Bioavailability of organic and inorganic compounds
Posted Image
Von Sighart Golf

Of magnesium preparations, there is a whole series. They contain the mineral in an organic or inorganic compounds. For the absorption of the compound Magnesium plays no role.

A magnesium deficiency can be compensated by changes in diet on whole foods, the consumption of magnesium-rich mineral waters (more than 100 mg of magnesium / l) or the use of high-quality magnesium products. No or only a minor role played by the question of whether the used inorganic magnesium preparation (for example, chloride or oxide) or organic anions (such as citrate or aspartate) contains. The assumption of organic magnesium salts is the "better" because bioavailability magnesium is widespread, but not really. In fact, numerous studies show with valid measurement methods that all the examined magnesium compounds both pharmacologically and biologically and clinically equivalent. Although inorganic magnesium salts are chemically less soluble, but chemists measure the solubility of a salt in laboratory conditions (such as pH 7, 20 ° C, 1 bar, 1-molar, closed system), in the body but there are other conditions.

In the 1970s to 1990s, the Federal Health Office (BGA) has called on the market for magnesium supplements bioavailability studies, the study design of Lücker (1) was accepted by the BGA. In these studies were the magnesium storage study persons initially saturated with magnesium-rich food and after subsequent administration of the test formulations, the magnesium magnesium excretion measured in the urine. The studies showed that the tested availability of various inorganic and organic magnesium supplements under equivalence aspects must be considered within the range of 70 to 143 percent as bioequivalent. The intestinal absorption of magnesium is to Lücker independent of the administered type of connection.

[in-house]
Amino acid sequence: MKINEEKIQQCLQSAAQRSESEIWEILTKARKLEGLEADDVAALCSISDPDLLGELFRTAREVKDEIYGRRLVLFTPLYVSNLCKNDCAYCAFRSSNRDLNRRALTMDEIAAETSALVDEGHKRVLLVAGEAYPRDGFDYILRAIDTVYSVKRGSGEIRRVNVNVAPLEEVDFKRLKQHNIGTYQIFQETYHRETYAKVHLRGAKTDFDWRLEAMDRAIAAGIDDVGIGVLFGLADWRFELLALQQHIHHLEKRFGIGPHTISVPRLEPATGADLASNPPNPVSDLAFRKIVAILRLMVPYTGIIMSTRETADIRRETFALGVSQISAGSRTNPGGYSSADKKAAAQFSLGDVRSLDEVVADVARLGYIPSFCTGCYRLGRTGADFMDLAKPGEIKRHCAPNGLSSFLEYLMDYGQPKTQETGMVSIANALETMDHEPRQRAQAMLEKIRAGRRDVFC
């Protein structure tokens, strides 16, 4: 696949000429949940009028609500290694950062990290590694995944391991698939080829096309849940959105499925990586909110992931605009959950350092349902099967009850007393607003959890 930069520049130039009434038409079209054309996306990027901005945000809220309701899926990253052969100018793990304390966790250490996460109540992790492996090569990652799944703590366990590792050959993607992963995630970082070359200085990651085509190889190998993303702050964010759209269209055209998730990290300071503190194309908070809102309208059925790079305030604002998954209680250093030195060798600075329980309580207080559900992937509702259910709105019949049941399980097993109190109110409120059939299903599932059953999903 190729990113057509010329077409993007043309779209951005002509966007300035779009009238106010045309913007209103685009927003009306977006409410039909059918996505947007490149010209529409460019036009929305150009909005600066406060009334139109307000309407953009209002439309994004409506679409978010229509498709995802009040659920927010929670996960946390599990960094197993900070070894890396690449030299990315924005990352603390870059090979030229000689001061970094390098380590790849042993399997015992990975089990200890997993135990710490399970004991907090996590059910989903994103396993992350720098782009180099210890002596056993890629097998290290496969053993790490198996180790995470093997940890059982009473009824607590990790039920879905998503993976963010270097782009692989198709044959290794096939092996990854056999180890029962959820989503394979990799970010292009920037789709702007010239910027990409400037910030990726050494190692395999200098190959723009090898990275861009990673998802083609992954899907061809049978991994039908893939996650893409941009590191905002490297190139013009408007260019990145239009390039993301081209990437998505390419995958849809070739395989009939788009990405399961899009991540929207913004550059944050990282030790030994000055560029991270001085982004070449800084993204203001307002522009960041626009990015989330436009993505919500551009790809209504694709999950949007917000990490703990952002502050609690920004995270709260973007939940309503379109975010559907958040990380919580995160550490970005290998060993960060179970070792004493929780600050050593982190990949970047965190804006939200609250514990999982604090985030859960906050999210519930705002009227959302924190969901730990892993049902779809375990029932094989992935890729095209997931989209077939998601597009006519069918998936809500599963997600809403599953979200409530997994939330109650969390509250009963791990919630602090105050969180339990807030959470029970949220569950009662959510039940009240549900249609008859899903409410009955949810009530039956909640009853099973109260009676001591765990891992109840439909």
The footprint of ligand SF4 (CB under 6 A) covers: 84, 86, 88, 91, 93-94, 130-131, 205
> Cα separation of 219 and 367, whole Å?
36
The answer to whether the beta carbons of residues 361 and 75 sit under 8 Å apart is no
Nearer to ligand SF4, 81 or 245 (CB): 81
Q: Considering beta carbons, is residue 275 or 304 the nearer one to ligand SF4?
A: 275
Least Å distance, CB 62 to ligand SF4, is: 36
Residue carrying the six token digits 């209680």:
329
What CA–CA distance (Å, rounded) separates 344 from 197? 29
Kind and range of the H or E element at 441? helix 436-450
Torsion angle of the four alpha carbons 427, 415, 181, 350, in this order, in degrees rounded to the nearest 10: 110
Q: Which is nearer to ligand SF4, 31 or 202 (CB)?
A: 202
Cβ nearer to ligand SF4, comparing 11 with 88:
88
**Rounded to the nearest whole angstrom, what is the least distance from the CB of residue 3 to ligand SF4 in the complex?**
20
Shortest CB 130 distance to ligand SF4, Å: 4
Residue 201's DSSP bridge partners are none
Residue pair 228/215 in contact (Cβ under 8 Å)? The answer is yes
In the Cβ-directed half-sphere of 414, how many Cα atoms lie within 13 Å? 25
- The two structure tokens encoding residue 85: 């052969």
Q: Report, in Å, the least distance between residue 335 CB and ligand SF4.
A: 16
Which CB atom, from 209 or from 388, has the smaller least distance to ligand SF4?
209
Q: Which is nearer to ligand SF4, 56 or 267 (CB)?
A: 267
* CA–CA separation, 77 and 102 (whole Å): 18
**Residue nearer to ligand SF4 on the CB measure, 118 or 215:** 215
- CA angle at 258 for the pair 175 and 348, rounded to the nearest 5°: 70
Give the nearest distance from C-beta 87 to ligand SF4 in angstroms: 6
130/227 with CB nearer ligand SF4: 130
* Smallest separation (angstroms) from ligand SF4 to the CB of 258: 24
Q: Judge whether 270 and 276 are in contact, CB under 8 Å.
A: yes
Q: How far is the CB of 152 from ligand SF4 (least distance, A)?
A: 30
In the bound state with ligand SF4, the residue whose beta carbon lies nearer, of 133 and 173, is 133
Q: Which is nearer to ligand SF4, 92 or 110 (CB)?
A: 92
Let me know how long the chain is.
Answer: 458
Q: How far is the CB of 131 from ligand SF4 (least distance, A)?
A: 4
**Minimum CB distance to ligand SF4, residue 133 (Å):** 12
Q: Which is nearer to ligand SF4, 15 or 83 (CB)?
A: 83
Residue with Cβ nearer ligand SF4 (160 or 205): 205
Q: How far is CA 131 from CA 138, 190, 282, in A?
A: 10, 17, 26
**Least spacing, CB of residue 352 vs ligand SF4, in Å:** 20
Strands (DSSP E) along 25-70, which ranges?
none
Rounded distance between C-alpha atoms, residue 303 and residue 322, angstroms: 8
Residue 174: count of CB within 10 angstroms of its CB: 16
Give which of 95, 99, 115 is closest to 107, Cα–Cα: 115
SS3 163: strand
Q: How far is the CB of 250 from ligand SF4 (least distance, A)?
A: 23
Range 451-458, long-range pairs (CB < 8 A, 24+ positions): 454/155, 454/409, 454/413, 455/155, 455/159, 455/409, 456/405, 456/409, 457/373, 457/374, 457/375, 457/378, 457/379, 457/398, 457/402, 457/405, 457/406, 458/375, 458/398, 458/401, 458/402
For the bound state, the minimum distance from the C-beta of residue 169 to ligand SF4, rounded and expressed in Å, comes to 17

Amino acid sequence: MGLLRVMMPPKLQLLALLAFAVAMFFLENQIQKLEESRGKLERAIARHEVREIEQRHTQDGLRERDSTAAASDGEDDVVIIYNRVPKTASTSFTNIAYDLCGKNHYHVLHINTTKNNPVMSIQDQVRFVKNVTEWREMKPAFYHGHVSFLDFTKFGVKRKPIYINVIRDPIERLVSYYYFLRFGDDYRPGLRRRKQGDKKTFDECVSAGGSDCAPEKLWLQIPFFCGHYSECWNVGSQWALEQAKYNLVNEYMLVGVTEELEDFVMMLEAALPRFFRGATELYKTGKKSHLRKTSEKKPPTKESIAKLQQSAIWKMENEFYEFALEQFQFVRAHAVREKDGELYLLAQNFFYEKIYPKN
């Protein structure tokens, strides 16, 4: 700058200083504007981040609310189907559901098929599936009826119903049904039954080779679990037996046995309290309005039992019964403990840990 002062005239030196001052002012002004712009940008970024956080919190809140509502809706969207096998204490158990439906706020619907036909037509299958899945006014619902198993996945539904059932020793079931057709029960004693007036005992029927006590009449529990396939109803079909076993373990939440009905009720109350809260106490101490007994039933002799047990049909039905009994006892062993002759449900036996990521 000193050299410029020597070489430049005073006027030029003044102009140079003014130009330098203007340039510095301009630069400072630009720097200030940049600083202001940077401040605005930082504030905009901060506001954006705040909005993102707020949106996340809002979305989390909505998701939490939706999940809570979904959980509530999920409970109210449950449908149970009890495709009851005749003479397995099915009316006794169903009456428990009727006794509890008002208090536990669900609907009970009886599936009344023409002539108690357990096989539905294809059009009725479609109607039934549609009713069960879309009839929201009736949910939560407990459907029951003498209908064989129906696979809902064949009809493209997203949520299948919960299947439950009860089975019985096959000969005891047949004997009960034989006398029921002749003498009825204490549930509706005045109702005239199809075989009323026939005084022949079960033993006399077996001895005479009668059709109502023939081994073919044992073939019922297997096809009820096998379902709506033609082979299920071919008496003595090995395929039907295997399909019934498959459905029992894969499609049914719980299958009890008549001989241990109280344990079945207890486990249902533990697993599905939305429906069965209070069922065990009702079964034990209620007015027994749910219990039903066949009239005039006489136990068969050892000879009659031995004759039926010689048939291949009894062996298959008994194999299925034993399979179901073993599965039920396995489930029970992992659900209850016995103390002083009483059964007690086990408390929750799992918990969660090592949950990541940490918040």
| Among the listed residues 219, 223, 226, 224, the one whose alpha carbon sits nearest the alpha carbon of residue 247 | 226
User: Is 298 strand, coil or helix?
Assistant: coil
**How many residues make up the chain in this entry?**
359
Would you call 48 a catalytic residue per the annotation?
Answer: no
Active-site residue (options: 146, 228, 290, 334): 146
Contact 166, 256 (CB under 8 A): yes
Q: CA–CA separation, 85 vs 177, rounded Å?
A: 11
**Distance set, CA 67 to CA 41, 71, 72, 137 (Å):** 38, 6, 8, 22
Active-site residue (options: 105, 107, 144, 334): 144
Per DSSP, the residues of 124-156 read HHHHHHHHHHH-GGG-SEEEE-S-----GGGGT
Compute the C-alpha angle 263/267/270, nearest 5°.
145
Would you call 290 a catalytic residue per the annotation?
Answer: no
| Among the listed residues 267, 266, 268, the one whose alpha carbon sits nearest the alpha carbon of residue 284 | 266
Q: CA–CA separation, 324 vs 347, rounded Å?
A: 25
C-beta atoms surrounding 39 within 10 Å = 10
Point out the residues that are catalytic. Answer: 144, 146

Studies about absorbability

In recent years more publications have appeared with some different statements that magnesium would be better absorbed from organic and inorganic compounds. The listed studies point except the study of Coudray (2) However, any material weaknesses. Do you have a statement to better bioavailability of magnesium preparation, the following deficiencies to not. In the studies by Lindberg (3), fine (4), Firoz (5) and Walker (6), the urine collection period was less than one day and was thus not sufficient, since in this time, a substantial portion of the inorganic magnesium compounds not yet is absorbed. In the studies by Walker (6), Mühlbauer (7), Lindberg (3) the pre-analysis for the determination of magnesium in the urine was incorrect: The urine was not previously acidified with concentrated hydrochloric acid, 1 percent. Of the data necessary for calculating a magnesium balance specimen (three-day urine, three-day stool, serum / plasma) was missing in the studies by Lindberg (3), Walker (6) and Mühlbauer (7) at least one specimen .

Only the study by Coudray (2), which was carried out in rats, meets the above requirements for the determination of a complete balance of the magnesium uptake, retention and excretion. The test groups did not differ in body weight, intestinal solubility of magnesium (necessary for the absorption), magnesium in serum, erythrocytes and femur. In the absorption, excretion and retention of magnesium (which remained in the body), there was, however, in this study between MgO, MgCl 2, MgSO 4, MgCO 3, Mg acetate, Mg-pidolate, Mg-citrate, magnesium lactate and magnesium aspartate no significant differences.

A dynamic system